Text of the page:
Earlier you talked about Erik Kim being a good source of information, have a look at this interview he did with Anders Petersen, section 10, Maintain an “innocent eye” the whole artical is a good read, this is where I was coming from.
And also this Lensculture audio interview, again with Anders Petersen.
And this other article written by Erik Kim, loads of tips here.
Quote: If anyone's still reading this thread - what camera / lens do you use for street photography? I'm on the hunt for my next camera, and the OMD or RX100 are looking great for this kind of stuff...
My Fuji x10 compact, lovely little camera, great features and lens with a great sensor, and flash sync at all shutter speeds, just lovely for street portraits using external hand held flash.
My OM-D, great with the supplied 12-50 kit lens, I`ve written an article that might be up soon.
Quote: You could always use a right-angle spy lens like this one.
I've always thought those things only draw more attention, not less!
A swivelling LCD screen, so you can hold the camera at waist level, as if you are chimping, probably works as well as anything.
Quote: Yeah I've borrowed a mates Nikon 12-24mm a few times, it's amazing. People never think you're photographing them because you're pointing in a different direction... little do they know
I've taken this approach a few times - the main downside is people often tend to be distorted at the edges of the frame. I prefer the lead character to be more central to the frame
You have no excuses now Pete, that touch screen on the OMD is built for the street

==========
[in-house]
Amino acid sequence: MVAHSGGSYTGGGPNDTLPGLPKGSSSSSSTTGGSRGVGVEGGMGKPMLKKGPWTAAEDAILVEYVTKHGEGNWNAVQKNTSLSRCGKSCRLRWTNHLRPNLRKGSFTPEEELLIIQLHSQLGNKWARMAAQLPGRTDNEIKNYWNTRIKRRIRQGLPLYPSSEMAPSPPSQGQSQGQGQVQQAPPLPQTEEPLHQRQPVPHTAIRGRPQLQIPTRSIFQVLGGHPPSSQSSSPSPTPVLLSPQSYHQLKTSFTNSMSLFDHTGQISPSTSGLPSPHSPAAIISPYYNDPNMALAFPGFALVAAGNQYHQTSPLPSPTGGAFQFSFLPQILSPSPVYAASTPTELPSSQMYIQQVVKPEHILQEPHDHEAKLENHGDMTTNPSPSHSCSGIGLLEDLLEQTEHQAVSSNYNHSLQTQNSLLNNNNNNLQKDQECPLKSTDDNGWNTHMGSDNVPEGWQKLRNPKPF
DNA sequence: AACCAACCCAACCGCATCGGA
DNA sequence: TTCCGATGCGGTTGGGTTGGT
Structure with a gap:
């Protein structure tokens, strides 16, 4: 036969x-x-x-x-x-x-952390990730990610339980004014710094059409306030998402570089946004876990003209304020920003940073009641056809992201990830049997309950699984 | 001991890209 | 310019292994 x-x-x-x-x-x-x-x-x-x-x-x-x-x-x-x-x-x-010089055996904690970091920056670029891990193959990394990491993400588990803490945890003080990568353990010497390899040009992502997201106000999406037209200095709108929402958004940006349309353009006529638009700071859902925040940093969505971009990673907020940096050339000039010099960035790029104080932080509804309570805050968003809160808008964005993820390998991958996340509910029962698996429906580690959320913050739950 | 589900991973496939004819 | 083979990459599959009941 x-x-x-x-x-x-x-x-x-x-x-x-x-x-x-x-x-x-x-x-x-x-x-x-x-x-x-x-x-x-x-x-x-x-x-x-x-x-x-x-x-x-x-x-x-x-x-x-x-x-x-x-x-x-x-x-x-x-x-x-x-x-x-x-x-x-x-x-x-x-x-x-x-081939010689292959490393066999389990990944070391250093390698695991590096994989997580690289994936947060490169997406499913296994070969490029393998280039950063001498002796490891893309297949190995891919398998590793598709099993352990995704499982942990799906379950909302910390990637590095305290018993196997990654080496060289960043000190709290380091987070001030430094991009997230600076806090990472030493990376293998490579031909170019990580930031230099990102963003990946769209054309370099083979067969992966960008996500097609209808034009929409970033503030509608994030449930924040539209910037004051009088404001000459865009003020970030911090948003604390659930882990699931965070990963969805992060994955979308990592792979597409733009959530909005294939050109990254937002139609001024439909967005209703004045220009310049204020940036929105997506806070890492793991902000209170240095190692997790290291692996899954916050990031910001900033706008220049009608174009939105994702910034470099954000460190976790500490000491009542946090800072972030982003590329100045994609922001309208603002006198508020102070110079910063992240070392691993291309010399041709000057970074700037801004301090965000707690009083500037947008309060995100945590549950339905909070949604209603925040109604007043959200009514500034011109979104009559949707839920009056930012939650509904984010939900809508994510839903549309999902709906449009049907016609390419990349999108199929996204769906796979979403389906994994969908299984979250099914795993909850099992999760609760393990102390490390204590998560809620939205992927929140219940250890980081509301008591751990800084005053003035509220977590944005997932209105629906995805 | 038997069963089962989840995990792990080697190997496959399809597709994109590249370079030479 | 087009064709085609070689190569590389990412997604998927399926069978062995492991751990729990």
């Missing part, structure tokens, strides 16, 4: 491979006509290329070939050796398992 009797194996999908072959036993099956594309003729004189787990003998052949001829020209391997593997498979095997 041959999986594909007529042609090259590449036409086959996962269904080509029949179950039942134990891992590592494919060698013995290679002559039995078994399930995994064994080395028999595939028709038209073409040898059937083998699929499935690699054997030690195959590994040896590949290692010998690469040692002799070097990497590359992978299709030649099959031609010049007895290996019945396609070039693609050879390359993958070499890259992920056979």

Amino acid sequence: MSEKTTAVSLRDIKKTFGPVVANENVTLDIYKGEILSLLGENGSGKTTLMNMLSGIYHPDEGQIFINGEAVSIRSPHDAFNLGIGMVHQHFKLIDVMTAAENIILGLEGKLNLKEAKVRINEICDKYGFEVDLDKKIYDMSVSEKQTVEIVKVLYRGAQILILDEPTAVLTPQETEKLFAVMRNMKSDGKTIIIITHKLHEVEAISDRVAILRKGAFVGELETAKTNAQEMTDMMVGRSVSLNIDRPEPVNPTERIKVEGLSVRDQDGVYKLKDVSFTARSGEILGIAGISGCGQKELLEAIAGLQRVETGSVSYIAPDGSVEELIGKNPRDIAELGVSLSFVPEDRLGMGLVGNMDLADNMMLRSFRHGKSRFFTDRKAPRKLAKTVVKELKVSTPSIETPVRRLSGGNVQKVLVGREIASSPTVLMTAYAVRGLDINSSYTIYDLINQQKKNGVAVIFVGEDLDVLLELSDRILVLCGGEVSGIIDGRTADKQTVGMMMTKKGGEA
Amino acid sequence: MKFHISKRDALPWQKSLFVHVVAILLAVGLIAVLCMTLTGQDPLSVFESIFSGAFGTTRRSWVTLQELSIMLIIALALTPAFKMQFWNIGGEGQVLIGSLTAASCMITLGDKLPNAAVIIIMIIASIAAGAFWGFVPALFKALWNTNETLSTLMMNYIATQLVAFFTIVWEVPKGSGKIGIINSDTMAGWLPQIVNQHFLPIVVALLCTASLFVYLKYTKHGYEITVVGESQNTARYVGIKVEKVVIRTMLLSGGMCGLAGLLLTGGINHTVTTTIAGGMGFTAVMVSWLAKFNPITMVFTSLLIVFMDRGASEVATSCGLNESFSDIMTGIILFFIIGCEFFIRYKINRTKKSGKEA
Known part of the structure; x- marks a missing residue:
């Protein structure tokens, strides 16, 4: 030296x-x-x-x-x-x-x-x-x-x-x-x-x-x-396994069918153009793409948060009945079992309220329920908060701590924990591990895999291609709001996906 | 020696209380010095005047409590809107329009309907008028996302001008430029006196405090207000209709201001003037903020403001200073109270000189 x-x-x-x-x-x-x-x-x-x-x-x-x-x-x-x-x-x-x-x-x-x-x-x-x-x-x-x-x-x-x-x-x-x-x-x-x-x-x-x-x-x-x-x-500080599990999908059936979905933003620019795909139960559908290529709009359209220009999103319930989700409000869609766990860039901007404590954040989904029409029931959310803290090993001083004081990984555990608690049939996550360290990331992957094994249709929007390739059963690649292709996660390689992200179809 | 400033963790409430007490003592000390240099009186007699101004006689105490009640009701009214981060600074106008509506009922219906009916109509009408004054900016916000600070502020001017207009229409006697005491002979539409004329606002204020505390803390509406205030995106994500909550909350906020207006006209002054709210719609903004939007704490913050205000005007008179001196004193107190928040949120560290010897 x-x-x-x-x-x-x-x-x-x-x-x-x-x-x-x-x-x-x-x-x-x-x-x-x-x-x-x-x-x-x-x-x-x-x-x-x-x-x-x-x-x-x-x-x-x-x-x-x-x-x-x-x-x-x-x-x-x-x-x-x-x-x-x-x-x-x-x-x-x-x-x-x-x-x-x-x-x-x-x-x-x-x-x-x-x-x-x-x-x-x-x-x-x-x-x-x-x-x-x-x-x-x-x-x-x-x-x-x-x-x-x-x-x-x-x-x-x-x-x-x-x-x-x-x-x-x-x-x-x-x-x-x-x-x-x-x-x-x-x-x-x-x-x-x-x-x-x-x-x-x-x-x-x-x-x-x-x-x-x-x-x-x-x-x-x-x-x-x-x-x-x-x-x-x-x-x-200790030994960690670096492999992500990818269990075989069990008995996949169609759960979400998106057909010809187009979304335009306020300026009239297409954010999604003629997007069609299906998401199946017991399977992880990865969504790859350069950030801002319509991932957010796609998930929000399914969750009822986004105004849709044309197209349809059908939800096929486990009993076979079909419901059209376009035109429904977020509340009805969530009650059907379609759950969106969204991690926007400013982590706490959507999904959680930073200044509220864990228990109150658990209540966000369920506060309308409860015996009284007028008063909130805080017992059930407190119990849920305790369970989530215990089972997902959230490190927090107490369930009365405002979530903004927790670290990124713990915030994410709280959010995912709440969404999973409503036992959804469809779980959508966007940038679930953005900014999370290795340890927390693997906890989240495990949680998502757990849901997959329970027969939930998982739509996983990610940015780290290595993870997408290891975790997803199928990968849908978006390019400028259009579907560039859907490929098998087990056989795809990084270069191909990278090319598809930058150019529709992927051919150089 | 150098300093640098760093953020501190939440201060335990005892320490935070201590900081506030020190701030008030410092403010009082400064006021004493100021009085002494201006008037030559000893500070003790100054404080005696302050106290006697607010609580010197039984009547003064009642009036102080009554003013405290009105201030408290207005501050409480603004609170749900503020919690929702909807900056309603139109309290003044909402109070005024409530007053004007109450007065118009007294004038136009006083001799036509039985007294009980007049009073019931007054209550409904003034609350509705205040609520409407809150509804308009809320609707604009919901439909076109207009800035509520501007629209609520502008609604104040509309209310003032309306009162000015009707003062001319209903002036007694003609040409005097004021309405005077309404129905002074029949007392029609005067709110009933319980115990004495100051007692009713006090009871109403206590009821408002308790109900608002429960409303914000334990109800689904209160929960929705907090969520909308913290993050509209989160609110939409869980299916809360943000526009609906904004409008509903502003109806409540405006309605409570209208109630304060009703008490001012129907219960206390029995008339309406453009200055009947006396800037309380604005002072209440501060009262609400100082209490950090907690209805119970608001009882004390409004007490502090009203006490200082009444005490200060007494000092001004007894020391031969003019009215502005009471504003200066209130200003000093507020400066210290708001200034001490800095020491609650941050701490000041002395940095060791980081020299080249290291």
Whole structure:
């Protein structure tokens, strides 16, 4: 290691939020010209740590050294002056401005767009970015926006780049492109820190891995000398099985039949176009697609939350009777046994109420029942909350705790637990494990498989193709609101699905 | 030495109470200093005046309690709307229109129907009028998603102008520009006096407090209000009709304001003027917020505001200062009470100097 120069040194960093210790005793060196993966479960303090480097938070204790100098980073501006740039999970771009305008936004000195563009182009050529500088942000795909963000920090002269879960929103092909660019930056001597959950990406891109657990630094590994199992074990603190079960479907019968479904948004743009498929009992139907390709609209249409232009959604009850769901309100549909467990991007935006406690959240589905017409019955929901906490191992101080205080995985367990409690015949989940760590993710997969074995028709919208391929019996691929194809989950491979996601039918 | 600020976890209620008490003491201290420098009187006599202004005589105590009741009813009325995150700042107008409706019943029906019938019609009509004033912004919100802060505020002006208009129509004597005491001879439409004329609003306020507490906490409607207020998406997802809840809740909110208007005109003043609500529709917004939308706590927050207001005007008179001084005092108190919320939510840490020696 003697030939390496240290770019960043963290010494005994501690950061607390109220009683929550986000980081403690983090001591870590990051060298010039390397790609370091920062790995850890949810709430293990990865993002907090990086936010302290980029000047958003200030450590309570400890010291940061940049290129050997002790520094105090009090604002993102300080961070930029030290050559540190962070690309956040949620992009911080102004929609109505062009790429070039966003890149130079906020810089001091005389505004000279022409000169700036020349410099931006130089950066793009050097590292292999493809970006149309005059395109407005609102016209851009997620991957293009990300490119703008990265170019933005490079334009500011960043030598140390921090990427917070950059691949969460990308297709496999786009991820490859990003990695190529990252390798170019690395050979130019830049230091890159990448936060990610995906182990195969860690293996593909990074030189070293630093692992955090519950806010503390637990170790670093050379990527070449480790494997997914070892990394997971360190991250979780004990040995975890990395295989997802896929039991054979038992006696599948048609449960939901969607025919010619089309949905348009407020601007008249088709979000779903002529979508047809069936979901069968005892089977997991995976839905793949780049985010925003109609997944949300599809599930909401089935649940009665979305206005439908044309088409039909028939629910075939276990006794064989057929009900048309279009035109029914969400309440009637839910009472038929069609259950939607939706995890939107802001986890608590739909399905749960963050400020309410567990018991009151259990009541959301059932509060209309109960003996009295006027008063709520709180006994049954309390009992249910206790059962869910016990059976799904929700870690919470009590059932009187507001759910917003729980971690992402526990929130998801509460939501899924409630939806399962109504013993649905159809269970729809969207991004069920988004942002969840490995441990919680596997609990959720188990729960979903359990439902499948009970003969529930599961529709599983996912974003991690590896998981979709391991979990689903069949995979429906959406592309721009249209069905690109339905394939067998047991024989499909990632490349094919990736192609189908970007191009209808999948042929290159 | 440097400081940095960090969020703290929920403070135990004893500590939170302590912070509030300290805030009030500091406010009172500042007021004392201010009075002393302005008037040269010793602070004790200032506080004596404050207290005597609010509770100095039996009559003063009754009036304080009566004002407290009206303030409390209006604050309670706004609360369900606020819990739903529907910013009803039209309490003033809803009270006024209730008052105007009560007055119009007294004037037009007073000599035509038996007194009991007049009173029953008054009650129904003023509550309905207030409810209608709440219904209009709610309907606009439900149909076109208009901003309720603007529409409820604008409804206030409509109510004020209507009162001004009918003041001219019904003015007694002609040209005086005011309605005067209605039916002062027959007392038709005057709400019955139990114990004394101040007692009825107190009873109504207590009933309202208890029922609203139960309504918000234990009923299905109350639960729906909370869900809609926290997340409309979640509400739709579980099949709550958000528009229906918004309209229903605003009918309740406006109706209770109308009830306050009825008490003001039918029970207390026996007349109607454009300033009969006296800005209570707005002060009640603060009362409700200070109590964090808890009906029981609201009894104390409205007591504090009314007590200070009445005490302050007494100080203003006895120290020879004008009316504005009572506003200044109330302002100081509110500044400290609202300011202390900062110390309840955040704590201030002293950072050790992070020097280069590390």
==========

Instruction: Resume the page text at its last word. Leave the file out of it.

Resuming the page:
Quote: Earlier you talked about Erik Kim being a good source of information, have a look at this interview he did with Anders Petersen, section 10, Maintain an “innocent eye” the whole artical is a good read, this is where I was coming from
I forgot to add the link.
What a great article Paul. Thanks for posting. I've read part of it but it's very long with some interesting links so I'll go through it a bit at a time.
I note he recommends forgetting about settings etc. and leaves his camera on P. He uses simple cameras. There are so many whistles and bells on today's DSLRs that we need to take it off of P to feel that we're getting our money's worth otherwise we might just as well just all use a point and shoot.
He preferred the students' photos that asked more questions than having answers - So do I. I always think many of your images do just that.
But sometimes he contradicts himself. At the beginning he says you shouldn't need to think about what you are doing, just use your instinct (heart not head). Then later in the article he says, "You have to consider the composition, the subject, how to approach them, the light, the settings on your camera, the position of your body, and so forth. .... a perfect marriage of form and content .... rarely happens." which suggests that he does actually think about it. What I understand from that is that we need to know exactly what we are doing and subconsciously know when something is "right", then you can forget about all the technicalities and snap away unheeded by rules.